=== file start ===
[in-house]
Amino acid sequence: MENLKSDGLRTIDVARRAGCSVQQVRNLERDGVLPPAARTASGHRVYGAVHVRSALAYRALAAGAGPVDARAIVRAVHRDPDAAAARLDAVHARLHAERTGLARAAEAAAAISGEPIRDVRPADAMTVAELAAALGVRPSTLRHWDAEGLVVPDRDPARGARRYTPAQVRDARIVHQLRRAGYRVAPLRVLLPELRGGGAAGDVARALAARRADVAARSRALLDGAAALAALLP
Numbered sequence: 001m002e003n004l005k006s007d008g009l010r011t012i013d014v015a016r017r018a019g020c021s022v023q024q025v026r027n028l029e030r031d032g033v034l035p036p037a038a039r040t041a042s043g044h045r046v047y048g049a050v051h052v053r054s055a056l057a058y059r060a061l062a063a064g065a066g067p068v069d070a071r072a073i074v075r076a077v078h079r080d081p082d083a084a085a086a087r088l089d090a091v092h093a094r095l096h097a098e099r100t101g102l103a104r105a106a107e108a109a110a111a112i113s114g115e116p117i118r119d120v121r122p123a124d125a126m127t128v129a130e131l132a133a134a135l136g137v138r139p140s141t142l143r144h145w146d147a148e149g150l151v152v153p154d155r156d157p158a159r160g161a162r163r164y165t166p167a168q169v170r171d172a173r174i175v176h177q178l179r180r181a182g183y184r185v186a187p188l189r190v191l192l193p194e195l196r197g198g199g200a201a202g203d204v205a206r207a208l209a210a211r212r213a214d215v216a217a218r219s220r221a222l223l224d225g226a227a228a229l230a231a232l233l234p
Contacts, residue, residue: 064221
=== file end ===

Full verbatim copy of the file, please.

[in-house]
Amino acid sequence: MENLKSDGLRTIDVARRAGCSVQQVRNLERDGVLPPAARTASGHRVYGAVHVRSALAYRALAAGAGPVDARAIVRAVHRDPDAAAARLDAVHARLHAERTGLARAAEAAAAISGEPIRDVRPADAMTVAELAAALGVRPSTLRHWDAEGLVVPDRDPARGARRYTPAQVRDARIVHQLRRAGYRVAPLRVLLPELRGGGAAGDVARALAARRADVAARSRALLDGAAALAALLP
Numbered sequence: 001m002e003n004l005k006s007d008g009l010r011t012i013d014v015a016r017r018a019g020c021s022v023q024q025v026r027n028l029e030r031d032g033v034l035p036p037a038a039r040t041a042s043g044h045r046v047y048g049a050v051h052v053r054s055a056l057a058y059r060a061l062a063a064g065a066g067p068v069d070a071r072a073i074v075r076a077v078h079r080d081p082d083a084a085a086a087r088l089d090a091v092h093a094r095l096h097a098e099r100t101g102l103a104r105a106a107e108a109a110a111a112i113s114g115e116p117i118r119d120v121r122p123a124d125a126m127t128v129a130e131l132a133a134a135l136g137v138r139p140s141t142l143r144h145w146d147a148e149g150l151v152v153p154d155r156d157p158a159r160g161a162r163r164y165t166p167a168q169v170r171d172a173r174i175v176h177q178l179r180r181a182g183y184r185v186a187p188l189r190v191l192l193p194e195l196r197g198g199g200a201a202g203d204v205a206r207a208l209a210a211r212r213a214d215v216a217a218r219s220r221a222l223l224d225g226a227a228a229l230a231a232l233l234p
Contacts, residue, residue: 064221